Ripple Marketing by David Skultety is a concise and up-to-date book on everything that network marketing offers the aspiring entrepreneur who wants to work part-time to earn a few extra dollars, have a home-based business, or go all the way to create a full-time, lifelong, and fulfilling business career.
We’ve all heard bad things about network marketing, but despite those stories, the truth is that it works for many, many people, and it works because people make the effort to make it work. David Skultety himself has led two different network marketing teams, taking them from 1 to 100,000 in membership, so if anyone knows about the benefits and the woes of network marketing, it’s him, and in this new book, he reveals how people can use network marketing to their advantage, avoid its pitfalls, and reap its rewards.
The book begins with a foreword by David Litt, a network marketing corporate executive, who states “There are people in my life who have lots of money and very little time. There are people in my life who have lots of time and very little money. But the only people in my life who have lots of money and lots of time are my friends who are network marketing professionals like David [Skultety].”
David Skultety then takes over and walks readers through the entire process of finding the right network marketing company for them, how to build up their network by finding other people to join them, and how to help the people below them as they build their networks so those people can succeed and still benefit the people above them; after all, network marketing is about far more than sales-it’s about creating residual income based on other people’s efforts. As David Litt says, as a result, “ultimately this book is a blueprint for long-term financial freedom.”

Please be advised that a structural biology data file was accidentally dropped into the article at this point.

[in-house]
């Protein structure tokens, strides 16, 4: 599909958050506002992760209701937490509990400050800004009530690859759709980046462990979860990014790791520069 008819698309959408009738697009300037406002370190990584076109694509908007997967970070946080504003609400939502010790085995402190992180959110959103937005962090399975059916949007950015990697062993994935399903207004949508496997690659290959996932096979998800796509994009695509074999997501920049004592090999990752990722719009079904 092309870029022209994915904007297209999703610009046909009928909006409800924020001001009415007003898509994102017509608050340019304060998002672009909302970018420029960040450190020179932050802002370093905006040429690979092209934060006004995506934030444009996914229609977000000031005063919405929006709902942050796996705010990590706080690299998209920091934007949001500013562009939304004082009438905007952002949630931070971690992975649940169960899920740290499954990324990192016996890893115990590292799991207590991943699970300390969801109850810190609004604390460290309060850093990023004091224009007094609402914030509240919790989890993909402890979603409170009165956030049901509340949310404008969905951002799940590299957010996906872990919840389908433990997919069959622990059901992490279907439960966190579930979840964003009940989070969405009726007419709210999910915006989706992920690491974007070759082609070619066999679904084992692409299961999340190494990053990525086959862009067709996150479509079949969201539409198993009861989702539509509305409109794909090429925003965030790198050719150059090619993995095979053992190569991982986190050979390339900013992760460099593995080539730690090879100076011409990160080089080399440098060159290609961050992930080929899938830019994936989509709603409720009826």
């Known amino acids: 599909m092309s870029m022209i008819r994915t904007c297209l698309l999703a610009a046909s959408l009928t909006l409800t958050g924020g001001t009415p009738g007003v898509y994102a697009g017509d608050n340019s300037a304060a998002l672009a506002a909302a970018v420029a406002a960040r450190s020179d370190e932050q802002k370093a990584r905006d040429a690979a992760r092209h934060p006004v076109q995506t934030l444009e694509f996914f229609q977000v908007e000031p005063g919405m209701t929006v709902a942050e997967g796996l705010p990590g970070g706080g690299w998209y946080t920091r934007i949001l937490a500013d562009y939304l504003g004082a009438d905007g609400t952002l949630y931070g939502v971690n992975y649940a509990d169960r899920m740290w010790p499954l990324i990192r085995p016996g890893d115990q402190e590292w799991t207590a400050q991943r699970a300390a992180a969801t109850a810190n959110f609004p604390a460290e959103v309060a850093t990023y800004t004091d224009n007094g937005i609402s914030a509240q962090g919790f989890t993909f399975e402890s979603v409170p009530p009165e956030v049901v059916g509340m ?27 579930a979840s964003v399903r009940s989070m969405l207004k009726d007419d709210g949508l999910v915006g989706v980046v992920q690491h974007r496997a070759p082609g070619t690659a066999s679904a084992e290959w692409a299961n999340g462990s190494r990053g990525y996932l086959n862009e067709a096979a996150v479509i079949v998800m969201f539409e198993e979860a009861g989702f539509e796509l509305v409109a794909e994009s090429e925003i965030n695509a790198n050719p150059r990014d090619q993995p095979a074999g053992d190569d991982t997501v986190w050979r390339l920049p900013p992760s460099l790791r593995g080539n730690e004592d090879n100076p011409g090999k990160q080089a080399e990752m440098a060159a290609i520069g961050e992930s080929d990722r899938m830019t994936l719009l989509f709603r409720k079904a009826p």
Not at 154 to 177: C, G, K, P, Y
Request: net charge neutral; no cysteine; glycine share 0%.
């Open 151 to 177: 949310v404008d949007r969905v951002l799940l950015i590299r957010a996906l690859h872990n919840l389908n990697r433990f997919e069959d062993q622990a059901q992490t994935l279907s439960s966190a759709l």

David Skultety impressed me from the first page, and I quickly understood why his friends call him a “networker’s networker.” He has always had an entrepreneurial mindset, as he tells us through stories about how when he was twelve, he had a coffee and lemonade stand at a gas station during the 1979 oil embargo when cars were lined up there. In the sixth grade, he was making $20 a day selling candy to classmates so he could buy a moped. He’s always been involved in